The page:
Monday, 20 June 2016

Oppo F1 - HDR mode further explored

important "pre" POST SCRIPT:


this morning I took a photo off the balcony which I put the camera into HDR and I got an interesting shot, I say interesting because I took two shots and attempted to make a proper HDR. In doing this assembly, I found that there were actually interesting artifacts in one image image which is familiar to anyone who makes HDR images by hand ... movement artifacts. To Wit:


the double image or "ghosting" of the wires, and support and the birds is quite similar to image overlay artifacts. You may note that I had to zoom in in my viewer to 214% to make them clear, but to me they seem to match the "pattern" I know so well. This suggests to me that it may actually be taking 2 or more images and blending them ... which would also explain the oddness I find below with the ISO as it may be recording only the lower of ISO's used in taking two images. This is because ISO shift is another method (shutter speed is the other) for gaining the two exposures. If you take two images and combine them what do you do with the data of each? Usually ignore it, or perhaps use one of them.

More Testing Needed

So now later in the day more testing is done: I've taken a shot in full sunlight (to force a high shutter speed) of a friend rapidly moving his hands. That should test any HDR algorithm that composites 2 or more images as this will reveal movement ghosting were it present.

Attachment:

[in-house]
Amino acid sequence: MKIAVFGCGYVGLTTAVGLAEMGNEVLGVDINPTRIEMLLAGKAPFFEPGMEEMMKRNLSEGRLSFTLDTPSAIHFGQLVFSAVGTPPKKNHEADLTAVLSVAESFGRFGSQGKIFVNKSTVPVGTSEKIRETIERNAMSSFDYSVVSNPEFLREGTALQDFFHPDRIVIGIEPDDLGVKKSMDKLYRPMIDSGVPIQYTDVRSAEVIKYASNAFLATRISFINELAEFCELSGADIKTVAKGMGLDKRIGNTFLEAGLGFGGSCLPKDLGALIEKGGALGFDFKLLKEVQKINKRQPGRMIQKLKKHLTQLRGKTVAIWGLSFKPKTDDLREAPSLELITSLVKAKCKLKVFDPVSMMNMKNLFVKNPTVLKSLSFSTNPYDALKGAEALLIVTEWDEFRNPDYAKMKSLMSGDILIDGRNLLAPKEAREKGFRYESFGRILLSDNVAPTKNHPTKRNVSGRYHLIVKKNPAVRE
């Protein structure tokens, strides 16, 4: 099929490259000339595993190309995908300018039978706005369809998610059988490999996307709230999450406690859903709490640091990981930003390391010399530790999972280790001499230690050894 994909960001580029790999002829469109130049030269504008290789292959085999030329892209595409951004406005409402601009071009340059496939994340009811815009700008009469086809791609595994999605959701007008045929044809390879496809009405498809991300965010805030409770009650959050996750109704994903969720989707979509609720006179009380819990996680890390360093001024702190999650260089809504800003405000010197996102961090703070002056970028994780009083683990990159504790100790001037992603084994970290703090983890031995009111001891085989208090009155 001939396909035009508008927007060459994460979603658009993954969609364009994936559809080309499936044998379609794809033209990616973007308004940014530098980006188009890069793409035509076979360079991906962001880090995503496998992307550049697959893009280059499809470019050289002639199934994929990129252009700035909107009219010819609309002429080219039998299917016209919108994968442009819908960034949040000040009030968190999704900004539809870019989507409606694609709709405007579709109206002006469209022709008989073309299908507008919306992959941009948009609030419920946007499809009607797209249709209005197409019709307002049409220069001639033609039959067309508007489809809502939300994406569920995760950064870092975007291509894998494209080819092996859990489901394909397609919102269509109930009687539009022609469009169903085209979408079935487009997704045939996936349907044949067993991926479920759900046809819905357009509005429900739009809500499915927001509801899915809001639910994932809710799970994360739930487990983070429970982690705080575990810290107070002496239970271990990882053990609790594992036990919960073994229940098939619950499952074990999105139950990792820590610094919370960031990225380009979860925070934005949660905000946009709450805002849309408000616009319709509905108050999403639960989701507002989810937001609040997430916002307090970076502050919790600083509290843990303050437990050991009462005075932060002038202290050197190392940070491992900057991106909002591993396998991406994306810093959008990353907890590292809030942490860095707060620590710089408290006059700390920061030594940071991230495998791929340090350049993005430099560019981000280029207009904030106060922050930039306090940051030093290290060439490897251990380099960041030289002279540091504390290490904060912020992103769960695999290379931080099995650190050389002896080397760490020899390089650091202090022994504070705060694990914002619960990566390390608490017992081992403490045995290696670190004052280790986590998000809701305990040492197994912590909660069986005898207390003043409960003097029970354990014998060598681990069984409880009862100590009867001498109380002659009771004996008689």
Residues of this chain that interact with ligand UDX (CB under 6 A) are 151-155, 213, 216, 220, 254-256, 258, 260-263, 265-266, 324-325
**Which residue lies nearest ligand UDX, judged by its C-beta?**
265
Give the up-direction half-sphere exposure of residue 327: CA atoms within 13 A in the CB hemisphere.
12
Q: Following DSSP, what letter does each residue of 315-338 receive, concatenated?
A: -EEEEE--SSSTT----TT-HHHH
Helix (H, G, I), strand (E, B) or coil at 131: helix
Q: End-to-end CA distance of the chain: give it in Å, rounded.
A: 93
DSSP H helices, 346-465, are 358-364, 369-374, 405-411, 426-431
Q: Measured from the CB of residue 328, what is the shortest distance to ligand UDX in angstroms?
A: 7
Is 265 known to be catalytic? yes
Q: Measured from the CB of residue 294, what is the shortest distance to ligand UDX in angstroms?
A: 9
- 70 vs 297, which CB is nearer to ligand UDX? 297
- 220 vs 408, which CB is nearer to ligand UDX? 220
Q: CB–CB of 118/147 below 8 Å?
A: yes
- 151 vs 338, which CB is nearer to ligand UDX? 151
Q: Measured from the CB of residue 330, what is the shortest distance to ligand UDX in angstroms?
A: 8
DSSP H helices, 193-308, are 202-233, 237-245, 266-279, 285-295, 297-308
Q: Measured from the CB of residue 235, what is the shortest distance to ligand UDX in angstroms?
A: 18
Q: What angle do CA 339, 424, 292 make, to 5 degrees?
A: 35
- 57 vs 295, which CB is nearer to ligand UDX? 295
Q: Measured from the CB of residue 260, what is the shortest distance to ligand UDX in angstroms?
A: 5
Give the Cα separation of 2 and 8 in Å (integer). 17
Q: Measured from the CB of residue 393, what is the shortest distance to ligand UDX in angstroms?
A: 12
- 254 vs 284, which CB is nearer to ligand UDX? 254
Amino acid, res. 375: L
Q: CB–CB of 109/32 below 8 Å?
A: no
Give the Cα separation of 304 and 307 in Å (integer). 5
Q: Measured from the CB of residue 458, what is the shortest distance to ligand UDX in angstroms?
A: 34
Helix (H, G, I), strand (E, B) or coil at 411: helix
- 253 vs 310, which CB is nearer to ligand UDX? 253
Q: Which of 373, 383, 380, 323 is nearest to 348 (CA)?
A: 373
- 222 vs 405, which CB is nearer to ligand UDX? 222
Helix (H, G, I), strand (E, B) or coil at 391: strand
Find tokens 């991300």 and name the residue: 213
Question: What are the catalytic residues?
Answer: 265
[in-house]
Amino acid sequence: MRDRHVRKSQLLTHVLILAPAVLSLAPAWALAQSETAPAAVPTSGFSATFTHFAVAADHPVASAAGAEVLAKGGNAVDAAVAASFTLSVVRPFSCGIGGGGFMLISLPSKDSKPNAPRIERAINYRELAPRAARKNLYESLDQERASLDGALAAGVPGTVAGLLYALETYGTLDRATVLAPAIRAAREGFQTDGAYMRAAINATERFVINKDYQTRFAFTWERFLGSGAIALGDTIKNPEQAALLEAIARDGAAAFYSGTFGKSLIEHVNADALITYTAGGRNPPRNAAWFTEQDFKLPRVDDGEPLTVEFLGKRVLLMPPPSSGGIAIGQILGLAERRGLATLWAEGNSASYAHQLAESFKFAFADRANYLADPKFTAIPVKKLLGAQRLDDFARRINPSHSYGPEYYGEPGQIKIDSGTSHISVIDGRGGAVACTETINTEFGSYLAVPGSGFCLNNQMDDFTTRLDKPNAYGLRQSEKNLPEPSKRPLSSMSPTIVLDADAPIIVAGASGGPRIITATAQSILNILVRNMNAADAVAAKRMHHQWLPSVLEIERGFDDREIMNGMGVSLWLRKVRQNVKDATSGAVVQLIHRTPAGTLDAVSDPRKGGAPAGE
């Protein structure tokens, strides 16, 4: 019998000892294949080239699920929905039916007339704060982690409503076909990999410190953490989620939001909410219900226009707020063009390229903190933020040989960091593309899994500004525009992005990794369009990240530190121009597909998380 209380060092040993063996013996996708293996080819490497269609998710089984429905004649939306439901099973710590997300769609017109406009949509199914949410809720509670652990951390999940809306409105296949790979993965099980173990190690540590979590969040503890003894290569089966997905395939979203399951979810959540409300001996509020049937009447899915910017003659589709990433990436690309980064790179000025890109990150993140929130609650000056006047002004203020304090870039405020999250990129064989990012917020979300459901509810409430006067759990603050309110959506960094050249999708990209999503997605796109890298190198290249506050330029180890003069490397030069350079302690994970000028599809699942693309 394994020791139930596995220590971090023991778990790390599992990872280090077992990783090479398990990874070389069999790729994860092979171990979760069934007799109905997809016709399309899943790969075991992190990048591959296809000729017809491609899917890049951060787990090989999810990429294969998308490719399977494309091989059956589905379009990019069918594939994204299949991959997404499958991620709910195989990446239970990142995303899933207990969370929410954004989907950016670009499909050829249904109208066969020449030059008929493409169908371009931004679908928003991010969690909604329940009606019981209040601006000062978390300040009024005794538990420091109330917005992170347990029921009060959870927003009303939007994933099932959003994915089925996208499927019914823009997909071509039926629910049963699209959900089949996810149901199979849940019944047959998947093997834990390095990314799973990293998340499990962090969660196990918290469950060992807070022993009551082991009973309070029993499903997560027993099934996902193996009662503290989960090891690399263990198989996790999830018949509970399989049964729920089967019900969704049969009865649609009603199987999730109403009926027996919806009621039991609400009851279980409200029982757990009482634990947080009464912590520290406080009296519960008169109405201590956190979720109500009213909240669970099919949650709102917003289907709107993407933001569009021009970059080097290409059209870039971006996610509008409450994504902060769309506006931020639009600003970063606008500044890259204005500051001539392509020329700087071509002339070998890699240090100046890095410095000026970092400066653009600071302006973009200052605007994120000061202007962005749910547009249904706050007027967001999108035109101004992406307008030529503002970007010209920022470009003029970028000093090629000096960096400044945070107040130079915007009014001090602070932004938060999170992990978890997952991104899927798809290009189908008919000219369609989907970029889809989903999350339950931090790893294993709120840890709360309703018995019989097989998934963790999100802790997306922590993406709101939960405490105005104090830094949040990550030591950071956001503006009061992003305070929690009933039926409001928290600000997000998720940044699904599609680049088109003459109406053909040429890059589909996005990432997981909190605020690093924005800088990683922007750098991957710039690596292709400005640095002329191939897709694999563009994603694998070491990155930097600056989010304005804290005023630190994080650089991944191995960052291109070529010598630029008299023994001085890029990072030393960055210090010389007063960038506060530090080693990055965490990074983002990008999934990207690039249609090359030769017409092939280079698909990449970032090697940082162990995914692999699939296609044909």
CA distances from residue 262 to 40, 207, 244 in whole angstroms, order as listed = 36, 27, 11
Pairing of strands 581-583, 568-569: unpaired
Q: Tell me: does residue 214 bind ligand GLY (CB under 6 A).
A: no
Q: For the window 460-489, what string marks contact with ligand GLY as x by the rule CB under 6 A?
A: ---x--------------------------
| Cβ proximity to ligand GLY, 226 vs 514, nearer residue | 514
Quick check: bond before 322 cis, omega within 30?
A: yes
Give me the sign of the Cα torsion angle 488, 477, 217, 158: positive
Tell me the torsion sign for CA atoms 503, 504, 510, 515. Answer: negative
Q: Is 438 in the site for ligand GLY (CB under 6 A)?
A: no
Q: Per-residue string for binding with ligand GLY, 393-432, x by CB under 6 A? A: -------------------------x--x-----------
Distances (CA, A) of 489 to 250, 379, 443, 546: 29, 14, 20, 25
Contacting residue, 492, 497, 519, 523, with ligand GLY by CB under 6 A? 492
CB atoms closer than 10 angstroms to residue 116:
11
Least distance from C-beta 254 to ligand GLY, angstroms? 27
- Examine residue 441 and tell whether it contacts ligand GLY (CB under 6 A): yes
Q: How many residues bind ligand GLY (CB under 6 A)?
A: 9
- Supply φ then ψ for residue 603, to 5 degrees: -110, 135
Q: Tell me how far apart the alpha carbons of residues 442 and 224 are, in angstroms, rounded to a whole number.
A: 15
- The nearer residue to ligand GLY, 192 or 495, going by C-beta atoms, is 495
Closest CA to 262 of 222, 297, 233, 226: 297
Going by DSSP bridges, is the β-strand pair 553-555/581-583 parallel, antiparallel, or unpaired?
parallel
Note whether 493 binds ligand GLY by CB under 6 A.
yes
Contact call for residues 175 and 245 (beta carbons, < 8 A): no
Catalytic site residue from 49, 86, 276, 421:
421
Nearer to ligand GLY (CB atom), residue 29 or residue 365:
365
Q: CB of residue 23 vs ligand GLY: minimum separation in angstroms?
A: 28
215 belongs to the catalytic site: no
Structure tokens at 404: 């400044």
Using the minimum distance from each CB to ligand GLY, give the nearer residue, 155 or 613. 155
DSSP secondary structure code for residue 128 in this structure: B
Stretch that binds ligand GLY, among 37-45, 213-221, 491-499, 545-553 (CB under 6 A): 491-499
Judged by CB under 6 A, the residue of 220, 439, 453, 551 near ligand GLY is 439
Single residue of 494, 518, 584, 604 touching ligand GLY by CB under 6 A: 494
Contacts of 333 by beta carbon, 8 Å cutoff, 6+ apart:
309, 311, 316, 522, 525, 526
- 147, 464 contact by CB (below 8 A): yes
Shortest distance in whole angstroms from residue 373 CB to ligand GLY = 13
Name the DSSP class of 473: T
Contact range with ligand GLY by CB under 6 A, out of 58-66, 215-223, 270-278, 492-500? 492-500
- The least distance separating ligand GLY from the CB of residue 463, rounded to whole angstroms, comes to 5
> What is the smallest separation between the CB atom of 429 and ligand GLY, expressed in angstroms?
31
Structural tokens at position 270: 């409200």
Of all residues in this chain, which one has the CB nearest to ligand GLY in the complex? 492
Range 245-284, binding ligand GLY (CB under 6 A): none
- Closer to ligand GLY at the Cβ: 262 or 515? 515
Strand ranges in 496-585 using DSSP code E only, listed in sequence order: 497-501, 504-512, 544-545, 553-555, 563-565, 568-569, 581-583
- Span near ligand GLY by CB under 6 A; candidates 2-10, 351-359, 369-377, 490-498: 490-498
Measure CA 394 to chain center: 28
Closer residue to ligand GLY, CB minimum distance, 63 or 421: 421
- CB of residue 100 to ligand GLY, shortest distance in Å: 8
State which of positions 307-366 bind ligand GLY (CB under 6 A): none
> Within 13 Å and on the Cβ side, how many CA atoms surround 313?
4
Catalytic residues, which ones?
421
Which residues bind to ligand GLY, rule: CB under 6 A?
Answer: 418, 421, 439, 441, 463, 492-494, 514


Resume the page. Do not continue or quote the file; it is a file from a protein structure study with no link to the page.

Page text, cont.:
Now, examining that image carefully I found just such a ghosting artifact over on Kevs left hand:



So this answers the question of "is the Oppo HDR a proper HDR" ... yes it is.

To be clear the image above has sufficiently high shutter to preclude "motion blur" with the speed that Kev can move his hands at:
Filename - IMG20160621100231.jpg
Make - OPPO
Model - F1f
ExposureTime - 1/1503 seconds
FNumber - 2.20
ISOSpeedRatings - 100

What it doesn't solve is why a tone mapped single image from a RAW file actually gives a better result ... except to say that the JPG writing engine on this phone is crummy.

Eg from my earlier post:

Standard JPG



HDR :


processed RAW (taken as RAW + JPG on the first exposure):


So HDR is a big improvement over the standard JPG, but you know it could be much better, it could be as good as Snapseed made.

Why Oppo? Why cripple your camera module with this crappy JPG engine.